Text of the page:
The "difficult" sister of St. Therese of Lisieux is on the road to sainthood, a reminder – according to her postulator – that holiness is a calling for all people.

Bishop Jean-Claude Boulanger of Bayeux-Lisieux in France recently announced his intention to open Leonia Martin's cause of beatification and canonization.

Leonia was the third daughter of Blessed Louis and Zelia Martin, the married couple beatified on October 19, 2008 by Pope Benedict XVI. She was also the sister of St. Therese of the Child Jesus, who is a Doctor of the Church and the patroness of missions.

While Leonia eventually joined the Order of the Visitation, as a girl she was fragile, insecure and introverted. She was difficult to her parents on more than one occasion and struggled to live her vocation to the religious life.

In statements to CNA, Carmelite Father Antonio Sangalli, Leonia's postulator, said that "although she was expelled three times from the convent, she achieved her goal of becoming a religious, which shows that if we persevere, it is possible to do God's will."

"Leonia's difficulties were primarily due to her order's strict rules, which were very difficult to follow in those times. However, this did not lead her to bury the one talent she received and that she used fruitfully to fully live out her vocation," he said.

Leonia's cause is currently in the initial phase of gathering all the historical documents related to her life. Before it is officially opened, the Bishop of Bayeus-Lisieux must receive the nihil obstat, the official approval of the Catholic Church from the moral and doctrinal point of view granted by the Congregation for the Causes of the Saints.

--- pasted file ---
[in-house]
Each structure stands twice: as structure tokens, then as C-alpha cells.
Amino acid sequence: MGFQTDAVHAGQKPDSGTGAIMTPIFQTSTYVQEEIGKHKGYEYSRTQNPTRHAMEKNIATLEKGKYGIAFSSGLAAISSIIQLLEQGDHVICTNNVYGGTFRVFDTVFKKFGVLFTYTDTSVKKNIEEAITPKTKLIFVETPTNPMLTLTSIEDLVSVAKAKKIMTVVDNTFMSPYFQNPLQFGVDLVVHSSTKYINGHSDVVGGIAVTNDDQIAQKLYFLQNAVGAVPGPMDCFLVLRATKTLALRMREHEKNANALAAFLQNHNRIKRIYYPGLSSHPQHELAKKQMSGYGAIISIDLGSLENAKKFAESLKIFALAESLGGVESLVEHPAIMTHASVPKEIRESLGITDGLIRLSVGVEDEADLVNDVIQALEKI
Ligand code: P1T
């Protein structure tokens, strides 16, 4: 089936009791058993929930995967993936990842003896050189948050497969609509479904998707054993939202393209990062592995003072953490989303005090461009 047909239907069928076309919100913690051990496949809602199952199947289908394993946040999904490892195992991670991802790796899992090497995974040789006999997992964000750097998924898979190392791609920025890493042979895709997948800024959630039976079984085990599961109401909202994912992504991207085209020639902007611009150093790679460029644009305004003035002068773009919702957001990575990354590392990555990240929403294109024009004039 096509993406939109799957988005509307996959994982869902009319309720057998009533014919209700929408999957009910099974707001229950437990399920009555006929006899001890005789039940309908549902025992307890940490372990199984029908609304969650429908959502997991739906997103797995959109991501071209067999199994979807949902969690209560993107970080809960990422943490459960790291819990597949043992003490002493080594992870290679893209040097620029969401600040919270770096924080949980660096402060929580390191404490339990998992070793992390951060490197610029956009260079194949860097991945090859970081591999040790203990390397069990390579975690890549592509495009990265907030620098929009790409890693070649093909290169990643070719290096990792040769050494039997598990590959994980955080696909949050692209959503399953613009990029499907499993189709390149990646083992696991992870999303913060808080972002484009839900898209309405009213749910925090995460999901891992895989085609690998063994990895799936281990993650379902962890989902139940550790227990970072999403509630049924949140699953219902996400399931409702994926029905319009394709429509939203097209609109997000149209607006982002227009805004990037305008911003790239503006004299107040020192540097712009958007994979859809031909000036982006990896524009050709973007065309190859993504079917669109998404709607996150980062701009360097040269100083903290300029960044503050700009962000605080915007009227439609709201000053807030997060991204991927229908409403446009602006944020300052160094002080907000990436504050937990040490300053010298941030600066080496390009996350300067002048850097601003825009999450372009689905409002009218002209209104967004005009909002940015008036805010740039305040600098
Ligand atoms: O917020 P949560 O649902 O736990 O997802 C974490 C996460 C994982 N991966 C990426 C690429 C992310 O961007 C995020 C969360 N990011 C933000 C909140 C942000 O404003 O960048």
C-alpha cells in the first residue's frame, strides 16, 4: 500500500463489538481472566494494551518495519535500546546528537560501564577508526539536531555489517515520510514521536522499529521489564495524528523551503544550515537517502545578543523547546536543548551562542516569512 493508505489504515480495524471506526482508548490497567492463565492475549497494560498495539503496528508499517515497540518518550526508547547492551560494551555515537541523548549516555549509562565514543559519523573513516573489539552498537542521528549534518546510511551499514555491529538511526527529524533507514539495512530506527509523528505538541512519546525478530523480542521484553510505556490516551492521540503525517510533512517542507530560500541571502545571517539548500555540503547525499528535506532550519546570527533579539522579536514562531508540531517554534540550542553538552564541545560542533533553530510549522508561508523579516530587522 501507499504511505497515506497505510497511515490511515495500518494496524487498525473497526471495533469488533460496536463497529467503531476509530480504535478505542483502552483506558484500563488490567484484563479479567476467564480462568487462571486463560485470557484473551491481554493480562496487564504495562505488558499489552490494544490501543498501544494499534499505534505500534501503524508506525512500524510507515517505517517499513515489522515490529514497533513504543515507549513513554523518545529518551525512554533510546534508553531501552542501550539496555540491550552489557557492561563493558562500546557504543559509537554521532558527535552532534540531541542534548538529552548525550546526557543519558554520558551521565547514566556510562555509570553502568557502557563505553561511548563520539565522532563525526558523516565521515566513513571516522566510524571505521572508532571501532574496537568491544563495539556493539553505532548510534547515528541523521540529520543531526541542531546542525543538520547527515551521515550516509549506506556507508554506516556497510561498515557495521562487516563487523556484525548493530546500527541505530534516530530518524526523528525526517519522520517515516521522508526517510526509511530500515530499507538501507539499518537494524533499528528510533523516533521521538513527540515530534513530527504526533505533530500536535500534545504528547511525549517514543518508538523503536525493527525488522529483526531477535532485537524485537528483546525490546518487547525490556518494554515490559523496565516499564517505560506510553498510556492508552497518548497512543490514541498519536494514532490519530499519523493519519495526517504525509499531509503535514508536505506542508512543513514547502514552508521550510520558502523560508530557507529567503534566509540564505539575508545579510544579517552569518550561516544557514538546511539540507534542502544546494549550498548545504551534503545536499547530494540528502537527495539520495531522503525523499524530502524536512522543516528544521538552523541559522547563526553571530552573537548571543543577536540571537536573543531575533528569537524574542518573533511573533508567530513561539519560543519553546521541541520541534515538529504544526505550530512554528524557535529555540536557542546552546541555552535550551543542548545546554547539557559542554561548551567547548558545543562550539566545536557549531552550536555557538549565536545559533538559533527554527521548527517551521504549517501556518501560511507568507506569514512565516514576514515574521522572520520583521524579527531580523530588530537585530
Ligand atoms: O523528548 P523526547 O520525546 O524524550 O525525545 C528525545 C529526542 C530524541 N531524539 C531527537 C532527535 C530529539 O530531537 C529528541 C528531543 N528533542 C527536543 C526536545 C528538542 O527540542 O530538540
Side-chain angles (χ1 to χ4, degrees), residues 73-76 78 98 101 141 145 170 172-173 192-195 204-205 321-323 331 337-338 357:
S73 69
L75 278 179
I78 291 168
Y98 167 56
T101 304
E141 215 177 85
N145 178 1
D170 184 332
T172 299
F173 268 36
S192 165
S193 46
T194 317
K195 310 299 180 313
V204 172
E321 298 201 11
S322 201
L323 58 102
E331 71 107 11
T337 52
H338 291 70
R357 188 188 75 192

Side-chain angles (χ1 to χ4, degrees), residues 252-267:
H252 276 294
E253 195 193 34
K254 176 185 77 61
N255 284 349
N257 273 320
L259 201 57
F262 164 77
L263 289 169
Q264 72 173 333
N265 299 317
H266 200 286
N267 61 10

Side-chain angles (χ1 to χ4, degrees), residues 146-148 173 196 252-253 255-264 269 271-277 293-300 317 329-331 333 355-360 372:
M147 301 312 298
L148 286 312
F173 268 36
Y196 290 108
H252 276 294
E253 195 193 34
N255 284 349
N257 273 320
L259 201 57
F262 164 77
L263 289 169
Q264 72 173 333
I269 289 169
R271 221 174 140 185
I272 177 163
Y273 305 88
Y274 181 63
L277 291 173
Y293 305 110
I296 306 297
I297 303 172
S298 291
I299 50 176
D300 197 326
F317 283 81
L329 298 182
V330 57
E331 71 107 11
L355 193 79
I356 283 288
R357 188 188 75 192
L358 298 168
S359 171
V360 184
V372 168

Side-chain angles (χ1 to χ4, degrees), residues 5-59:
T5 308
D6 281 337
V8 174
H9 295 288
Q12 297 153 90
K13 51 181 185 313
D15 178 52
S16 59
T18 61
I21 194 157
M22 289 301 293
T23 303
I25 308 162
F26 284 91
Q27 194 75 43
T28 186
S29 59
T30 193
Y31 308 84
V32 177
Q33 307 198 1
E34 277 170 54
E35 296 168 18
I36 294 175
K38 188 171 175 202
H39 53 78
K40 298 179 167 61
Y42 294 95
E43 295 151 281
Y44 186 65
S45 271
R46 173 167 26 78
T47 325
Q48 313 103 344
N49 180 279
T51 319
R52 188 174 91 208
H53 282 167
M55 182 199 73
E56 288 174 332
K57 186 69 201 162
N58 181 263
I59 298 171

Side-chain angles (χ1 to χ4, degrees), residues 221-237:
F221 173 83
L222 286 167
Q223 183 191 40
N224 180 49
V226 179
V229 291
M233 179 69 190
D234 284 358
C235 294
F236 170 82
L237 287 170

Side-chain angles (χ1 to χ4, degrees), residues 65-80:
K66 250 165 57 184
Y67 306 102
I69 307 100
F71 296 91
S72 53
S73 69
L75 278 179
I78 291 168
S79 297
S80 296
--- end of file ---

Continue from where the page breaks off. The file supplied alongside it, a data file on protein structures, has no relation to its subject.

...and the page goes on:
"The train has departed and is heading towards Rome," Fr. Sangalli said.

He noted that Leonia is already revered for her holiness and that her crypt at the Monastery of the Visitation in Caen, France, is frequently visited by pilgrims from all over the world.

"They come to pray. They ask her for favors and they find spiritual help in her. Their faith is strengthened by the example of this humble sister of the Visitation, and many letters testify to graces received," the priest said.

Leonia, who took the name Sister Francisca Teresa, also suffered from physical problems as a child.

"She did not have the human qualities of her other sisters, but she knew how to abandon herself to God, who calls us all regardless of our qualities. No one is excluded from the call to holiness," Fr. Sangalli said.

She also had a close relationship with St. Therese, and the two often exchanged letters. After her saintly sister died, Leonia decided to try to enter the convent again, following the "little way" traced out by St. Therese, with trust and abandonment to God.

Fr. Sangalli said Leonia ultimately was admitted to the convent, which "shows that Therese's doctrine is not only meant for the Carmelites but for everyone...with the little way, Leonia became a greater sister of the Visitation, always remaining in the spirituality of St. Francis de Sales and St. Frances de Chantal, the founders of the Order of the Visitation."

Leonia died on June 17, 1941 at the age of 78 at the monastery where she lived. Her tomb has become a refuge for parents concerned about raising their children, who find in her an example and an inspiration.